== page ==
Boyer releases relaunch report on environment

In a summer that to date has been all about giving out good news peppered with some not so flattering this month, the Demers administration is set to release its prescription for getting Laval running again post-pandemic.

Deputy mayor and mayoralty candidate Stéphane Boyer tabled the last progress report of the three month consultation for La Relance de Laval, this one on the subject of environmental protection.

The final consolidated report will be published towards the end of the summer, covering all aspects of the consultation on the economy, culture, economy, culture, social development and the environment.

The main recommendations stemming form the tour conducted by Boyer, who met with 118 community groups and organizations in various sectors, are already being analyzed by the various city services.

The progress report on the environment, co-signed by outgoing Sainte-Rose councillor Virginie Dufour who is responsible for the environmental protection file, contains 11 recommendations on various subjects, including: transportation, urban planning, enhancement and management of natural environments and the city’s environmental impact.

Among the recommendations are continuation of efforts for greener land use planning, promotion of ecotourism by preserving natural environments and working to integrate “ecofiscality” into municipal practices. “Protecting the environment is the issue of our century. We don’t have the luxury of wasting a single good idea and we always have to stay in listening mode” said Dufour ina a statement.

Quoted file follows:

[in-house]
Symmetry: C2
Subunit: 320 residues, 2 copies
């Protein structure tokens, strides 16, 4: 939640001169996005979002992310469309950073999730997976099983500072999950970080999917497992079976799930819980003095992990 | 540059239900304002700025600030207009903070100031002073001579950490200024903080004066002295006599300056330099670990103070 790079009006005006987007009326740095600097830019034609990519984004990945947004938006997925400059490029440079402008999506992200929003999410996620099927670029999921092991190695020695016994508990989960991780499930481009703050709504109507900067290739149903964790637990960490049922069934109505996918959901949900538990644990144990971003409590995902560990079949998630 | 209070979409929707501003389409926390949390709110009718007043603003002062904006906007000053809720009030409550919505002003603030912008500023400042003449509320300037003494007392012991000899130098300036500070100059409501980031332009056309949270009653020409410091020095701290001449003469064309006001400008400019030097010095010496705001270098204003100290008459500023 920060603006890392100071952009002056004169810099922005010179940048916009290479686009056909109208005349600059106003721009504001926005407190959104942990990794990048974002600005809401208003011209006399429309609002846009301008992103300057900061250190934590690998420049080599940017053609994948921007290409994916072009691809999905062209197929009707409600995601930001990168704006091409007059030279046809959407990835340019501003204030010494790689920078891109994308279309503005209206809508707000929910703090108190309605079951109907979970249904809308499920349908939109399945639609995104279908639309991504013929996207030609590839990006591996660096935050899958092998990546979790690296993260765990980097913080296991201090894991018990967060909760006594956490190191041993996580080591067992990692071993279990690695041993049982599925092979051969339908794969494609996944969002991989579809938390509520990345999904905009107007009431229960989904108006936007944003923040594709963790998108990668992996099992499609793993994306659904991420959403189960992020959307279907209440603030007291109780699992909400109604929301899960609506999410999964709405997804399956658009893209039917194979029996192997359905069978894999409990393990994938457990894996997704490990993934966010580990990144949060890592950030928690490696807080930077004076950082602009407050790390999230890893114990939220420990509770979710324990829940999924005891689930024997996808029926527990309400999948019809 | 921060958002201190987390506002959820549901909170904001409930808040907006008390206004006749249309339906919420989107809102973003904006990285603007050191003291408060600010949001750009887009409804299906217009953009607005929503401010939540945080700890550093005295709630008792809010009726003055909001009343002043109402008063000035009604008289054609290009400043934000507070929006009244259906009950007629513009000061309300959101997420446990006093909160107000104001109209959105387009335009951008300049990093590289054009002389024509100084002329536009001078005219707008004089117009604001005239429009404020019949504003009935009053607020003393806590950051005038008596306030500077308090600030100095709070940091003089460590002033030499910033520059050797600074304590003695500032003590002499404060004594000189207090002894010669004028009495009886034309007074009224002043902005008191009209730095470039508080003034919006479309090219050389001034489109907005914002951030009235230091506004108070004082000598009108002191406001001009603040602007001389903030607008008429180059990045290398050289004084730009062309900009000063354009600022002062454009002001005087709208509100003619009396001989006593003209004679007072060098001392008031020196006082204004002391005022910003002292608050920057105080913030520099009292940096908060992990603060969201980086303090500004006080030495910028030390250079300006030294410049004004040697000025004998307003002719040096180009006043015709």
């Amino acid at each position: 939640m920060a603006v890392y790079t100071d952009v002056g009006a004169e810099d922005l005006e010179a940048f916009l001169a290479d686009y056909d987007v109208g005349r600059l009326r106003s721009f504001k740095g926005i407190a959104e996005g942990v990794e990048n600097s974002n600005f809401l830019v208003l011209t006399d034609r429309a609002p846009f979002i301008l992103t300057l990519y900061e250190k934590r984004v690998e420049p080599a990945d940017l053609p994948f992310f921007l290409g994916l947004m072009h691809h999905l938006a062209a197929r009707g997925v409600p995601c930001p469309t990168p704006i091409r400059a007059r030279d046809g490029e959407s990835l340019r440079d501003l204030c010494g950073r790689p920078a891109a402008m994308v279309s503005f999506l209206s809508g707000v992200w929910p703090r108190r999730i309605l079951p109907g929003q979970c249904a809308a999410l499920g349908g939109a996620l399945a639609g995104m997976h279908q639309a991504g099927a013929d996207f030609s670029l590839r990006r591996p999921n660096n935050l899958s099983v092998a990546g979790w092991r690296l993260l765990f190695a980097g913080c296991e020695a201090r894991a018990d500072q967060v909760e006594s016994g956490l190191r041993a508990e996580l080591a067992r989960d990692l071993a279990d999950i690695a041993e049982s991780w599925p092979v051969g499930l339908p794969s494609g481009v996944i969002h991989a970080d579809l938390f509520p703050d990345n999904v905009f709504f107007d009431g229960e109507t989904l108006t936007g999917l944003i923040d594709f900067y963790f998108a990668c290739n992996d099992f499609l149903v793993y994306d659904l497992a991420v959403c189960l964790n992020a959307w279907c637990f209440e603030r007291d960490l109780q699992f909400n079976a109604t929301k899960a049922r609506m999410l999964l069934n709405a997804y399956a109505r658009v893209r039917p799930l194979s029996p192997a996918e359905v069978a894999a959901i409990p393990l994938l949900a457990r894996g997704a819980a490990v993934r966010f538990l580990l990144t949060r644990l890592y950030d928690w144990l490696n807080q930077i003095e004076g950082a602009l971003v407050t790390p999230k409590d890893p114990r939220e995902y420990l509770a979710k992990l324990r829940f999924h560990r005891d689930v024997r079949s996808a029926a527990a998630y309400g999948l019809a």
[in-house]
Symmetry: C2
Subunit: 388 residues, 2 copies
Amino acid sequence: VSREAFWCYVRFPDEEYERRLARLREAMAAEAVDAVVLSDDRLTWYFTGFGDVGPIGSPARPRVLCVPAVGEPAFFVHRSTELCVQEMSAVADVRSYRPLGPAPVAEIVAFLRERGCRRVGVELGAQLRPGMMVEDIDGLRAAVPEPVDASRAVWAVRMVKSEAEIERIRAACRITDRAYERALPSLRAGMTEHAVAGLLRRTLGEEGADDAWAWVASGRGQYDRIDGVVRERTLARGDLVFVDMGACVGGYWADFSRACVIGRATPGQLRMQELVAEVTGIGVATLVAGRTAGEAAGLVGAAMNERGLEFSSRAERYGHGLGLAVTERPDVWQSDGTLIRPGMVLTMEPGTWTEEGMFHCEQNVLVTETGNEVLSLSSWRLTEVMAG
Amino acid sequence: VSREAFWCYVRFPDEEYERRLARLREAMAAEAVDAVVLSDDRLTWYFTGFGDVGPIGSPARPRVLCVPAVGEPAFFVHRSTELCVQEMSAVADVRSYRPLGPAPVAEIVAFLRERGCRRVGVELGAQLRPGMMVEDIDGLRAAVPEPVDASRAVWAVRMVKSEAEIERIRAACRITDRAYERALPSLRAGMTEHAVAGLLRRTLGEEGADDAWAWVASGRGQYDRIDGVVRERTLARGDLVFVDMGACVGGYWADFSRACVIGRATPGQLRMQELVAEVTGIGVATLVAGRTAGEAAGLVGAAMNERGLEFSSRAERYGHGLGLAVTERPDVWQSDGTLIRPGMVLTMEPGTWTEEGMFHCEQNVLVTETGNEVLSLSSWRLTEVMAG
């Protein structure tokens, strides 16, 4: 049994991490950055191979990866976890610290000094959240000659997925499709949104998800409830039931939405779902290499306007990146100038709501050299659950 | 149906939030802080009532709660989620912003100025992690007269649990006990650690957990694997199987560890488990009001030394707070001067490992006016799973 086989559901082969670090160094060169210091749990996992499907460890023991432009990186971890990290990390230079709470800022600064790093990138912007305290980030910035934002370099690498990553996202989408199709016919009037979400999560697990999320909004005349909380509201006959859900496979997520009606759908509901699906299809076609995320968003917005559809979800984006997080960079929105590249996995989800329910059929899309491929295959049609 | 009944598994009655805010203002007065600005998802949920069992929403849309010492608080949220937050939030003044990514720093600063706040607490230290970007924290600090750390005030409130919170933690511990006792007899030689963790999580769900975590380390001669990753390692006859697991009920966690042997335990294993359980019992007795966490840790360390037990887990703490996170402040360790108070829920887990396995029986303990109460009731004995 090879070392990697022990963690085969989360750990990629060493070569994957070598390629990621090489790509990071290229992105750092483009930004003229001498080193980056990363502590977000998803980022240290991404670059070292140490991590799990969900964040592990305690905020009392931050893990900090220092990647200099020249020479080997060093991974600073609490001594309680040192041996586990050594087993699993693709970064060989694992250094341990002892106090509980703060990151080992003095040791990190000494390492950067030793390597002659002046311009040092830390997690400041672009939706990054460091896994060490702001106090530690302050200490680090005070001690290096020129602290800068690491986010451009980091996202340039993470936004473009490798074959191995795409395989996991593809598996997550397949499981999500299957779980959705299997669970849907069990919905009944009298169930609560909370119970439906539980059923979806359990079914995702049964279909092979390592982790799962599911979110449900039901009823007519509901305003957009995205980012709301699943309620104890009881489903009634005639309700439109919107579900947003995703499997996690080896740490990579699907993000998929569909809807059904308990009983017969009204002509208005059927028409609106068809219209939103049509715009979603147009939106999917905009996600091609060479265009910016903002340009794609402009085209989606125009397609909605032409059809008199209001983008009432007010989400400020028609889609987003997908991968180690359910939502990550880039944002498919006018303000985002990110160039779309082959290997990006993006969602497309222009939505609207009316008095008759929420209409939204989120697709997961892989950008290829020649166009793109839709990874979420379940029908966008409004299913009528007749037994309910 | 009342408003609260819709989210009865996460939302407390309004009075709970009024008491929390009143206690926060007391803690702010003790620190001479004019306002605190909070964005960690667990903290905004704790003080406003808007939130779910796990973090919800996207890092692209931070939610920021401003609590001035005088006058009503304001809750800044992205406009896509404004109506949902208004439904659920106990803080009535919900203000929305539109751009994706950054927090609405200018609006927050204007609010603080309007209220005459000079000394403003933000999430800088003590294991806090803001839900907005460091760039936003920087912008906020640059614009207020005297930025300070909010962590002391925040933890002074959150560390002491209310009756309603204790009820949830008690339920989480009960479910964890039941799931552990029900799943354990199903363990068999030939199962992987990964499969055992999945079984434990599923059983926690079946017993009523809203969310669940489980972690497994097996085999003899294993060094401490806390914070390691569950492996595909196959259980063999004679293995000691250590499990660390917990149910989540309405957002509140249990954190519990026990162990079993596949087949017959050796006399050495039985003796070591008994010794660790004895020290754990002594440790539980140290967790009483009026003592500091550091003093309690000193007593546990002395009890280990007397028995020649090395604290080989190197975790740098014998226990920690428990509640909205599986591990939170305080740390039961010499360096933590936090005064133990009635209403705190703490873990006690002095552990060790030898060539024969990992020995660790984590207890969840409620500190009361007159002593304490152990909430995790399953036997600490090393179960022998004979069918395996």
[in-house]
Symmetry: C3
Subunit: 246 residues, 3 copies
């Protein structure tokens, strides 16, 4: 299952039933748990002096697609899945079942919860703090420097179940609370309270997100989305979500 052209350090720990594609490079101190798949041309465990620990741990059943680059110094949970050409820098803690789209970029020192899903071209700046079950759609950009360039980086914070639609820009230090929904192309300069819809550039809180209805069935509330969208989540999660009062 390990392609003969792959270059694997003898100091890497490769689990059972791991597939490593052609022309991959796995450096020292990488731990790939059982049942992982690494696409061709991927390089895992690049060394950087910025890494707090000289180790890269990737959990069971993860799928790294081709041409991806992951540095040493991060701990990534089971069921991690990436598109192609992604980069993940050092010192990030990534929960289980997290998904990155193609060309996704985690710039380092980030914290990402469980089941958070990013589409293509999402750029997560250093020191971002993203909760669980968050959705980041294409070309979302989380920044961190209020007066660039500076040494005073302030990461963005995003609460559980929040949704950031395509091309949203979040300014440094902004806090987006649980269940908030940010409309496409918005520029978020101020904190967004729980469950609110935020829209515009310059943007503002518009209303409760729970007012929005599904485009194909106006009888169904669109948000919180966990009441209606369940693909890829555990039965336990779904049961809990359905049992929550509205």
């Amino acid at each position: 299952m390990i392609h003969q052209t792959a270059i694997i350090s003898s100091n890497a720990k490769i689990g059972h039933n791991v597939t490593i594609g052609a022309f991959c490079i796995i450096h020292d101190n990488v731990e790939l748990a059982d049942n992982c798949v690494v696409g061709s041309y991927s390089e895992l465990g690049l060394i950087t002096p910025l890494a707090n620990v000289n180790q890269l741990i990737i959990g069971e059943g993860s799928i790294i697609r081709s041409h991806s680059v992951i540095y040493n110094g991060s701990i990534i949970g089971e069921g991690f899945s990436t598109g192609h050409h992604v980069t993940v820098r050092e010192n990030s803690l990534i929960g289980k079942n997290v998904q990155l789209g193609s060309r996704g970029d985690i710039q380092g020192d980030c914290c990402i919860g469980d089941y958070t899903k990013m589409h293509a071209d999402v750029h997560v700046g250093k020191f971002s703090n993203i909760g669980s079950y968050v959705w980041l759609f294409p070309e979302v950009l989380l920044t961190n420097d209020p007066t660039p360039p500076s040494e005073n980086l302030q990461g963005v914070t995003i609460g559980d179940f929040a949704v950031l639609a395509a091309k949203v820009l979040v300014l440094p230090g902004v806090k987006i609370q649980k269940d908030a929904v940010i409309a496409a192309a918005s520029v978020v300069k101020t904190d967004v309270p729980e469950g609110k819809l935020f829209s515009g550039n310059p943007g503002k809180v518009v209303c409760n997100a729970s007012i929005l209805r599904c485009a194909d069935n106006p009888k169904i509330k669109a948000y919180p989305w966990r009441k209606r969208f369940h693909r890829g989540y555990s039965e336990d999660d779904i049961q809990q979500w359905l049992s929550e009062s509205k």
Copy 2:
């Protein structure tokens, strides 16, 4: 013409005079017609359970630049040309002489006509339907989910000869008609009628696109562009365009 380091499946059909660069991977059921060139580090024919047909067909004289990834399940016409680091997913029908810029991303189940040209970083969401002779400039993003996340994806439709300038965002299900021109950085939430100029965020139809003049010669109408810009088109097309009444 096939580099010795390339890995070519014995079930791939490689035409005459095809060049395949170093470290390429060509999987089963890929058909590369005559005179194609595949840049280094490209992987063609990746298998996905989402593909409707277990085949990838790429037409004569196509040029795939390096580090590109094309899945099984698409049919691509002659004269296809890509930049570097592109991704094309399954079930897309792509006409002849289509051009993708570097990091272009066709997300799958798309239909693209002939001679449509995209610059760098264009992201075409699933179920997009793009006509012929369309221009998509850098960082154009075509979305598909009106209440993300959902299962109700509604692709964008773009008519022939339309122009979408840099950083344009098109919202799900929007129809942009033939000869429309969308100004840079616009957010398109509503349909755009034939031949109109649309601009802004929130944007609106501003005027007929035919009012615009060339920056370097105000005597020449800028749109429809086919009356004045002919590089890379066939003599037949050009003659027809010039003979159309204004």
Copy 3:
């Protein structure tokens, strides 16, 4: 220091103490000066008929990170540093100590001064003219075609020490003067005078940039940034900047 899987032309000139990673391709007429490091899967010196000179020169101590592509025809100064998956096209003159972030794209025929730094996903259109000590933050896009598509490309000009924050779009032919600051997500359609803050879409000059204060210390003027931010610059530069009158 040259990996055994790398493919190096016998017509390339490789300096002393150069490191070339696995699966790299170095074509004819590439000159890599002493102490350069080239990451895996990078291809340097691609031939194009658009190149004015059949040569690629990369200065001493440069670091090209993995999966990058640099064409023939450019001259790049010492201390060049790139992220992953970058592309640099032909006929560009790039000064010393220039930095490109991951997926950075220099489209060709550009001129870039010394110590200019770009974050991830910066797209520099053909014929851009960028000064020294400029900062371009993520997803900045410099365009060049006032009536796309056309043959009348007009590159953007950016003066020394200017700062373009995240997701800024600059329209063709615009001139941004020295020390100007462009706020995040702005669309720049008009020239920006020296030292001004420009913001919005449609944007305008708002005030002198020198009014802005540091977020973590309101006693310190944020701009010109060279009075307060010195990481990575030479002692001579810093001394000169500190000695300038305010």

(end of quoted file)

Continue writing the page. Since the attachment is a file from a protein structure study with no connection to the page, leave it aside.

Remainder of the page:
The first salvo from the relaunch tour recommendations is a $96,000 grant for Tourisme Laval which was made this week. The monies come from the city’s $1.8 million reserve set up for the recovery “to give new impetus to one of the engines of the Laval economy, which provides significant benefits for our businesses, ” Boyer stated. The public cash will help “increase the reach of actions and the reputation of the destination through a promotional campaign orchestrated by Tourisme Laval” reads the statement, to “increase the visibility granted to tourist attractions, hotels, restaurants, agri-tourism products, museums, festivals and parks.”

Ask about the city’s announcement last month that it was giving Tourisme Laval $1.247 million over three years, Demers’ spokesman Alexandre Banville said the $98,000 given this week is not part of that, but rather a one-time financing specifically earmarked for post-pandemic actions. The $1.247 million over three years is part of the city’s usual financing of Tourisme Laval operations.

It’s a lot of good news given the controversies emerging from this month’s council that the city’s top bureaucrat will earn about $330,000 this year and that city managers now have access to five weeks of paid vacation after only one year of service, along with a new bank of personal days.

There was also news that the city’s long vaunted and much hyped bio-gas plant project, a massive $200 million eco-infrastructure project, has yet to receive a single bid, which for many resembles the city’s beleaguered central aquatic complex project that nearly doubled in price from its original plan and was stalled for a few years with nothing built but foundations, until the federal and provincial governments stepped in last month with a $20 million grant for the stillborn and much-criticized pool project at a heavily hyped and heavily attended media event that excluded the leader of the official opposition. The bio-gas project is not mentioned in the environmental recovery report.

Read the progress report (in French only) at

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